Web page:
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were attributed to the weak basic sites related to oxygen in both Ca2?–O2- and Mg2?–O2- pairs. Yan et al. [17, 65, 68] also quantified the effects of base property on oil transesterification. They found that the activity of CaO/MgO linearly increased with base amount, and base amount linearly increased with CaO loading when the CaO loading was lower than 16.5%. Later, Yan et al. [70] combined CaO with the basic oxide La2O3, and used the Hammett method to determine the base properties of catalysts. They found that the binary metal oxides had a higher base strength and a wider base site distribution than pure CaO and La2O3 catalysts individually, and they also had a higher reactivity than CaO and La2O3 individually. Using this binary metal oxide catalyst with a 3:1 of molar ratio of Ca to La, they found the FAME yield reached 94.3% within 60 min at just 58 °C. This suggested a reaction rate much closer to that of a homogeneous NaOH catalyzed processes and that heterogeneous catalysts were capable of attaining the same activities as homogeneous catalysts. Equally important here, this work indicated that CaO type heterogeneous catalysts also showed a high tolerance to water and FFA which is present in unrefined raw oil feedstocks. This implies these heterogeneous catalysts have a potential for biodiesel production. Until now, many CaObased catalysts were reported to be more tolerant than the supported alkaline catalysts. Yan et al. [65] reported that conversion of rapeseed oil by CaO/MgO reached as high as 98% when the water content of the raw oil was in the range of 0–2 wt% and the total acid number was below 7.4 mg KOH/g (FFA content around 3.7%). Later, Yan et al. [70] reported that CaO–La2O3 was active when the oil contained 10% of water and when the FFA content was lower than 3.5%. They then tested the basicities of the catalysts which had adsorbed small amounts of FFA and water, respectively, naming the catalysts Ca3La1–FFA and Ca3La1–water. Yan and co-workers found that the basic properties of the Ca3La1–water catalyst are much closed to the fresh CaO–La2O3 catalyst; therefore, it can be assumed that CaO–La2O3 shows a high tolerance to small amounts of water, while the basic property of the Ca3La1–FFA catalyst notably decreased both the base strength and sites, indicating CaO–La2O3 has a low tolerance for FFA in oils. Further characterization results indicated that there are Lewis base sites and Bronsted base sites on the surface of fresh CaO–La2O3 catalysts and both of these base sites are active centers for oil transesterification with methanol. In fact, the addition of small quantities of water can change the Lewis base sites into Bronsted base sites suggesting Ca3La1–water is still active in transesterification. Conversely, FFA will react with and bind to both base sites resulting in poisoning of the catalyst. Therefore, Ca3La1– FFA shows a low activity for FAME production. Further work by Yan et al. [70] using CaO–La2O3 for processing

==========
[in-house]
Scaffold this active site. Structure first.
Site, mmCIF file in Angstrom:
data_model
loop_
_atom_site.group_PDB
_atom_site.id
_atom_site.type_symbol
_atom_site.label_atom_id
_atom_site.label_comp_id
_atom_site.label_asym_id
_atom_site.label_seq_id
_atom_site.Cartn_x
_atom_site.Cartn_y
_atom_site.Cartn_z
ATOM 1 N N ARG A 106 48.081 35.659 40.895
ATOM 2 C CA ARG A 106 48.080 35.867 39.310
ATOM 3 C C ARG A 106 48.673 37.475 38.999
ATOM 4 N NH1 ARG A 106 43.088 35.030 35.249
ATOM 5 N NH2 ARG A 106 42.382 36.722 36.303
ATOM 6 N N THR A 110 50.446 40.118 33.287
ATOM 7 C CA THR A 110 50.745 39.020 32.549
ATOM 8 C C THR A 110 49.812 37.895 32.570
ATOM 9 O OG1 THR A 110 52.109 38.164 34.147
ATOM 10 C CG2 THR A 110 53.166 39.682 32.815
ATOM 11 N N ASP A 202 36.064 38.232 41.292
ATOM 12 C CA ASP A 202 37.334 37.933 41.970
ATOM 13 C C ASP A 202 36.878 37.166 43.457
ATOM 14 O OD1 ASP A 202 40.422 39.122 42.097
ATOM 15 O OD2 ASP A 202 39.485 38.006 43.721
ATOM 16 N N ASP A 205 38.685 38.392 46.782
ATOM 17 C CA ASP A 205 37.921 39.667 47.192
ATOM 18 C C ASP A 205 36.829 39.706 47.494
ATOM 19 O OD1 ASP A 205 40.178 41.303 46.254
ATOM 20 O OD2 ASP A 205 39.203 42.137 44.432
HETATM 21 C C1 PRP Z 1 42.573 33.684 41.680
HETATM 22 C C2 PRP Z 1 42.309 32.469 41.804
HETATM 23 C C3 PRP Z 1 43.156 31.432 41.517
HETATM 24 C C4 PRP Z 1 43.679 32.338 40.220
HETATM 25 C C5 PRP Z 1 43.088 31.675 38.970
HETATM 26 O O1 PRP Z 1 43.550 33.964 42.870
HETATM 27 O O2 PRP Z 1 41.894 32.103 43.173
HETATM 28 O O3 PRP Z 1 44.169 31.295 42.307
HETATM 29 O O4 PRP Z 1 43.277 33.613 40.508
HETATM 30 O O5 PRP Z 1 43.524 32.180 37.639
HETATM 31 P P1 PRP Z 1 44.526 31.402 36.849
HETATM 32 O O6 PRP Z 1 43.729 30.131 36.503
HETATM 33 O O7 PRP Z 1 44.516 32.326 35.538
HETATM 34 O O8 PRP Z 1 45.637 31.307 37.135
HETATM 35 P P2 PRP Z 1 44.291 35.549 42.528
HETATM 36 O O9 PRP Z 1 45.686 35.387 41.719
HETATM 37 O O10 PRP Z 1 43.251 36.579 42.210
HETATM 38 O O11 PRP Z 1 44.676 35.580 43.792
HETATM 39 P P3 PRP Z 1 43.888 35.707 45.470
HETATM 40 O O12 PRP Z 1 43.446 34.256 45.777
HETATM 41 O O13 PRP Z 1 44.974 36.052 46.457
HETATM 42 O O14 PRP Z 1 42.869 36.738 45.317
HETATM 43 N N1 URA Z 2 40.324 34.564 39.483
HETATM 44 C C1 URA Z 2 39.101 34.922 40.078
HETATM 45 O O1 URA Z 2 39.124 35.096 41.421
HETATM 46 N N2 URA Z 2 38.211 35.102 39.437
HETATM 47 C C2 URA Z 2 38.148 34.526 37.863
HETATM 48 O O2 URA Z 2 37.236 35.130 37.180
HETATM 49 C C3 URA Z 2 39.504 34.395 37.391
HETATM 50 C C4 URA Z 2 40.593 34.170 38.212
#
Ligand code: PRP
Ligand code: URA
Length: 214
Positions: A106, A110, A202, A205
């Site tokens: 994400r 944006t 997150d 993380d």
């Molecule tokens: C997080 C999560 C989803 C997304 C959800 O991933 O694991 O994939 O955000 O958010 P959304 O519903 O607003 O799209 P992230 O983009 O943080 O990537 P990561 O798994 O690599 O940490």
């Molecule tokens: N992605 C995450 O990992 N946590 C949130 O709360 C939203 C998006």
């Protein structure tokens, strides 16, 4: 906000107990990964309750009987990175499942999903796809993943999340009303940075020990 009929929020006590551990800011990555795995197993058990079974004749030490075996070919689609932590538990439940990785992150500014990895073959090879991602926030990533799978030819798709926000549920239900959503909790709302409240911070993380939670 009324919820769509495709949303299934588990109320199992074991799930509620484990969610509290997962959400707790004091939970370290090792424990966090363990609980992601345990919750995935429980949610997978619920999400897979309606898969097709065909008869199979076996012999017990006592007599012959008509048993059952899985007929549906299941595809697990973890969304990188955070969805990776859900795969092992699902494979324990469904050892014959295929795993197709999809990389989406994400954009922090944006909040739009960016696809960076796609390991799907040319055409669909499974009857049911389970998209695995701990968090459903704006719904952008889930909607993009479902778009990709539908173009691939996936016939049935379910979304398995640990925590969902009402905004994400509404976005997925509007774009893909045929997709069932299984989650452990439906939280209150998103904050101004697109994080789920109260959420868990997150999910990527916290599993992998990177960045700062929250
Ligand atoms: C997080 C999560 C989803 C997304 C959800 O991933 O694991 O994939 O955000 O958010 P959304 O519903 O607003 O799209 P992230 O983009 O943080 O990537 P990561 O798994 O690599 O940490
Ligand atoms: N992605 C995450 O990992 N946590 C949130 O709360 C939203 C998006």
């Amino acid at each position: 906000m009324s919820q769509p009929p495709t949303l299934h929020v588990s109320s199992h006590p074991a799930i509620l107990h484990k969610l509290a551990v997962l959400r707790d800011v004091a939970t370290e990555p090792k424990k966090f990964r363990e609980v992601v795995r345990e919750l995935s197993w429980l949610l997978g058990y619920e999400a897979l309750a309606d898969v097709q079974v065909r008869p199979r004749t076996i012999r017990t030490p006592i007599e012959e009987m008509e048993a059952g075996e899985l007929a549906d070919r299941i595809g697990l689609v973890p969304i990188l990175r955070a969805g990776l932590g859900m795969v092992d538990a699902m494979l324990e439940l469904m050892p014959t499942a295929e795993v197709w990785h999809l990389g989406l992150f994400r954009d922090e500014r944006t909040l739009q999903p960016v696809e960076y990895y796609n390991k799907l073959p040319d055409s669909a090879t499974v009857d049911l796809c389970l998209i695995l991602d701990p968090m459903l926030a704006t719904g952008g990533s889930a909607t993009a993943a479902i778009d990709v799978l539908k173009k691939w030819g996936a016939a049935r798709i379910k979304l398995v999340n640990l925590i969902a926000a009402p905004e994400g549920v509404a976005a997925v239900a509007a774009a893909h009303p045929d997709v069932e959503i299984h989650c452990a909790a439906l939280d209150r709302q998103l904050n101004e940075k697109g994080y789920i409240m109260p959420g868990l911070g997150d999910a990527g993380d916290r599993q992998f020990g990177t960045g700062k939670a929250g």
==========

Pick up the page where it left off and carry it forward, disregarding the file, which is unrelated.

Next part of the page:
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crude soybean oil, crude palm oil and waste cooking oil, which satisfy the limitation of water content lower than 10% and FFA lower than 3.5%, showed a FAME yield in excess of 95% within 3 h. For the oils with a high FFA content, dilution with refined oil will lower the FFA content of the mixture again allowing the use of a CaO–La2O3 catalyst to produce a high FAME yield. Equally important to the usefulness of a catalyst is its lifetime. Reddy et al. [61] found that nanocrystalline calcium oxide particles deactivated after eight cycles with soybean oil and after only three cycles with higher FFA content poultry fat. Similarly, Kawashima et al. [57, 58] found evidence of decreased FAME activity with CaTiO3 and CaZrO3 catalysts after as few as three cycles. To overcome these limitations, therefore, it is important to understand the mechanism of catalyst deactivation. In general, there are three pathways by which catalyst deactivation can occur: poisoning, blocking of reactant fragments and lixiviation. Many studies have already paid close attention to poisoning due to high levels of either FFA or water present in raw materials [65, 70], so they will not be discussed here. But little research has been performed that focuses on the effects of exposing a stored catalyst to CO2, moisture, and O2 present in the air. As stated by Busca [69], base catalysts can easily react with these components of ambient air to form very stable surface species like carbonate, hydroxide, and epoxide which cover the basic sites and deactivate the base catalysts. Yan et al. [70] found that when comparing the activity of a fresh CaO–La2O3 catalyst to one exposed to air for 12 h, the yield of FAME sharply decreased from 96.8 to 34.5%, and the total base amount decreased from 14.0 to 1.5 mmol CO2/g. They later attributed this decrease in activity to moisture and CO2 in air restructuring the surface of CaO–La2O3 catalyst from metal oxides to hydroxide and carbonate. Other research groups have found that the reused base catalysts have a lower basic strength and a lower activity than fresh the catalysts [71, 72]. This was explained by the blockage of active surface sites on the catalyst by strongly adsorbed intermediates or product species. In particular, Martyanov and Sayari [63] studied reused catalysts (CaO, Ca(OCH3)2) and found that surface adsorbed butyric acids were the most likely species responsible for the catalyst deactivation in their experiments. Catalyst lixiviation or leaching is another frequently encountered pathway for catalyst deactivation. Many researchers have studied the leaching of catalyst components into reaction mixtures. Kouzu et al. using a pure CaO catalyst [71] found that the calcium concentration would be as high as 3065 ppm in the FAME when waste cooking oil was used as the source oil. Later Kouzu et al. [72] showed calcium in the products of transesterified refined soybean oil. In that case, he found that the calcium content in